Transforming Ethnography - Reinventing Research[1]

Brigitte Jordan

Xerox Palo Alto Research Center and Institute for Research on Learning

Published as:

1997            Transforming Ethnography -- Reinventing Research. CAM (Cultural Anthropology Methods Journal) 9:3: 12-17 (Oct). Also, with same title, in: Groupware - Software für die Teamarbeit der Zukunft: Grundlegende Konzepte und Fallstudien. J. Schiestl and H. Schelle, eds. Marburg, Germany: Tectum Verlag, Pp. 200-212, 1996.

1. Introduction

For the last several years I have been privileged to work with two remarkable groups of researchers and system developers at PARC (the Xerox Palo Alto Research Center) and at IRL (the Institute for Research on Learning, also located in Palo Alto, California).[2] A major interest of these groups has been to develop tools and methods that help us better understand complex work and learning situations in corporate and public sector production and service organizations. Some of us have been pursuing this interest with an explicit focus on technology design, others have been more concerned with a holistic understanding of organizations, work practices, and learning in the workplace. No matter what the focus, all of us tend to draw heavily on methods that grew out of anthropological ethnography on the one hand and ethnomethodology on the other. This means that we rely heavily on participant observation, in-situ question-asking, and micro-analytic methods of analysis, including video-based Interaction Analysis (Jordan and Henderson, 1993).

In many ways, what we do is no different from what anthropologists and other ethnographically trained practitioners have always done: establish relationships in the study site; “hang out” to become as much as possible a part of the scene; attempt to understand what is going on from the inside out and from the bottom up; and feed back that understanding to the people we work with. But we are also becoming increasingly aware of the fact that our work has changed in significant ways from what we used to do. It has changed in methods, in scope, in output, in who we collaborate with, who we are responsible to -- and we are only beginning to understand the magnitude of the transformation. Ethnographic research in industrial work places, whether it is carried out in the interest of technology design, organizational learning, or the motivation and satisfaction of workers and customers, looks and feels different from what we and other anthropologists used to do when we studied small-scale societies like villages and neighborhoods in Third (and First) World countries. And the differences go far beyond location and language.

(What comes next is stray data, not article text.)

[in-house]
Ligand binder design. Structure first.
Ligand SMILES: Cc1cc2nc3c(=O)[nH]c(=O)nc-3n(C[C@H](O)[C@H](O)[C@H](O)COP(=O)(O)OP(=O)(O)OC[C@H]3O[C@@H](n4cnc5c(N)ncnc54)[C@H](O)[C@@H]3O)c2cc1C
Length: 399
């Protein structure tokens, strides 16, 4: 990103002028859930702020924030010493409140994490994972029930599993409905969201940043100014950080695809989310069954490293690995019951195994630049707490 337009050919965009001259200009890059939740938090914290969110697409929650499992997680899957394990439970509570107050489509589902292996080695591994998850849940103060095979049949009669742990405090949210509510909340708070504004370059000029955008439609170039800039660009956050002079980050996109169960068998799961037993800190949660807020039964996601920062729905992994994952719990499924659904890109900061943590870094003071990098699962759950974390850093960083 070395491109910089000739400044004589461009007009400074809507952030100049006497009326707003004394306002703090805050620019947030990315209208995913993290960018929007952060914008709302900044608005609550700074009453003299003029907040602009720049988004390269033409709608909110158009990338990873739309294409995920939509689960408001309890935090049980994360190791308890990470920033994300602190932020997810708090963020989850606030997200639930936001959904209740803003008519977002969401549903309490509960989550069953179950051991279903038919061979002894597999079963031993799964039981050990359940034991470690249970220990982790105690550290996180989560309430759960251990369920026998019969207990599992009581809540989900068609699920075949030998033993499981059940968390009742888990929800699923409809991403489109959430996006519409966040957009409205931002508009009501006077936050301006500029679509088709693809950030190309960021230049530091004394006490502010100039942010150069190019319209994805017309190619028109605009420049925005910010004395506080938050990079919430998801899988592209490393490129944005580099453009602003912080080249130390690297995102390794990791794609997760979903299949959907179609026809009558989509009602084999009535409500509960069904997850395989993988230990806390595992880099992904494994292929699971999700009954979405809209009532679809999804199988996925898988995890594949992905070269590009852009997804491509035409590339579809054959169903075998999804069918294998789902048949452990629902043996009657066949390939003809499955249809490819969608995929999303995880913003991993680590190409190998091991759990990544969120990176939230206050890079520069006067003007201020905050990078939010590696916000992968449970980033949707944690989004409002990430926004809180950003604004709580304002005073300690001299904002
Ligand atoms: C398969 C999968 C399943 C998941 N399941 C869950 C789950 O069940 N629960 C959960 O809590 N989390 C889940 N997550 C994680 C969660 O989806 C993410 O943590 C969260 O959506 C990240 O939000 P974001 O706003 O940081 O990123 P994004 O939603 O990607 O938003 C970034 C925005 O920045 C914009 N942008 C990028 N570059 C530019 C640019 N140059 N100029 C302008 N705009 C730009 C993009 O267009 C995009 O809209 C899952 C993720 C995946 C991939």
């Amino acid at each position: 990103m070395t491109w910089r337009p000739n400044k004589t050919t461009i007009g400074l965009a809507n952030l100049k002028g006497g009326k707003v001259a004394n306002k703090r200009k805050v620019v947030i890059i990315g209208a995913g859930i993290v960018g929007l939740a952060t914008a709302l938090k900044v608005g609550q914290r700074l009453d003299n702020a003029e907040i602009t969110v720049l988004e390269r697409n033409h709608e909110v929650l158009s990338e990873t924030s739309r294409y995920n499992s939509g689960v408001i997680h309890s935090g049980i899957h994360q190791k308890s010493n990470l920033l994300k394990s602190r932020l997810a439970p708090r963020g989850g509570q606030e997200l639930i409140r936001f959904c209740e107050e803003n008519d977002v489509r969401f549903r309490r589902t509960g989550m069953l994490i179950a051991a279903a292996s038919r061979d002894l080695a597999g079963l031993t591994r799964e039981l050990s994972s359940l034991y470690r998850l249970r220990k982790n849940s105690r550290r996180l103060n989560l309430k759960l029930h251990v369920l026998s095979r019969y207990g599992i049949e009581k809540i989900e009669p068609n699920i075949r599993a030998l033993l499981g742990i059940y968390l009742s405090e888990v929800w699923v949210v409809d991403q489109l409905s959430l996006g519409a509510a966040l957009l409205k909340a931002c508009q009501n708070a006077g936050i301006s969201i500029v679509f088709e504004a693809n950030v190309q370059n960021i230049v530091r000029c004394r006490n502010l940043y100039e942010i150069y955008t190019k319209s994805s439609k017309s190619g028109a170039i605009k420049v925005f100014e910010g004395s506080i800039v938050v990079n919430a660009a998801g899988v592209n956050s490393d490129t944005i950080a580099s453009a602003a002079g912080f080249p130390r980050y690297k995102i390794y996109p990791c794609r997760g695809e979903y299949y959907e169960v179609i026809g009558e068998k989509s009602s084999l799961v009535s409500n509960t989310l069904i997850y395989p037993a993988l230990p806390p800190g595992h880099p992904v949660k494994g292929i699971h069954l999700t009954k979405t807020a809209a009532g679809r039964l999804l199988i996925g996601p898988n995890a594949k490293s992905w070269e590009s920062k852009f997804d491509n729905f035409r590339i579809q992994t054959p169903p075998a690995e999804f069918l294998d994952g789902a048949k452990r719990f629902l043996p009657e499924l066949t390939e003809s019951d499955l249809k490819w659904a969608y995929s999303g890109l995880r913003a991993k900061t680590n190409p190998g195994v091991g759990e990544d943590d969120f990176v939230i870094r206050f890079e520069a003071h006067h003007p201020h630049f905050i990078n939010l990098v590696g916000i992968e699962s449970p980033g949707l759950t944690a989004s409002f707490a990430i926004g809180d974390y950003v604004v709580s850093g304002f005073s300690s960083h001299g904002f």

Our current projects in industry and service organizations impose particular constraints on how we work. We are increasingly involved in having to understand very complex, rapidly changing settings where multiple activities are carried out by multiple actors with multiple agendas, relying on multiple, complex technologies. The requirements of these settings compel us to look for new approaches, new methods, new ways of conceptualizing what our work could be about. But they also offer new opportunities, not the least of which is to make our research relevant to pressing problems in our own society.

I make no claims here about adequately describing the transformations going on in the field in its entirety. What I write about is what the change looks like from my personal vantage point at this particular time -- from the vantage point of a formerly academic anthropologist who used to do community-based research in developing countries and now finds herself deeply immersed in trying to understand change and innovation in industrial workplaces. That view is very heavily influenced by the people I work with, of course, but I do not imagine for a moment that they would totally agree with the sense I make of what is going on. What’s more, for all of us who are doing this kind of work, the picture is constantly changing and our own views are in a constant state of flux.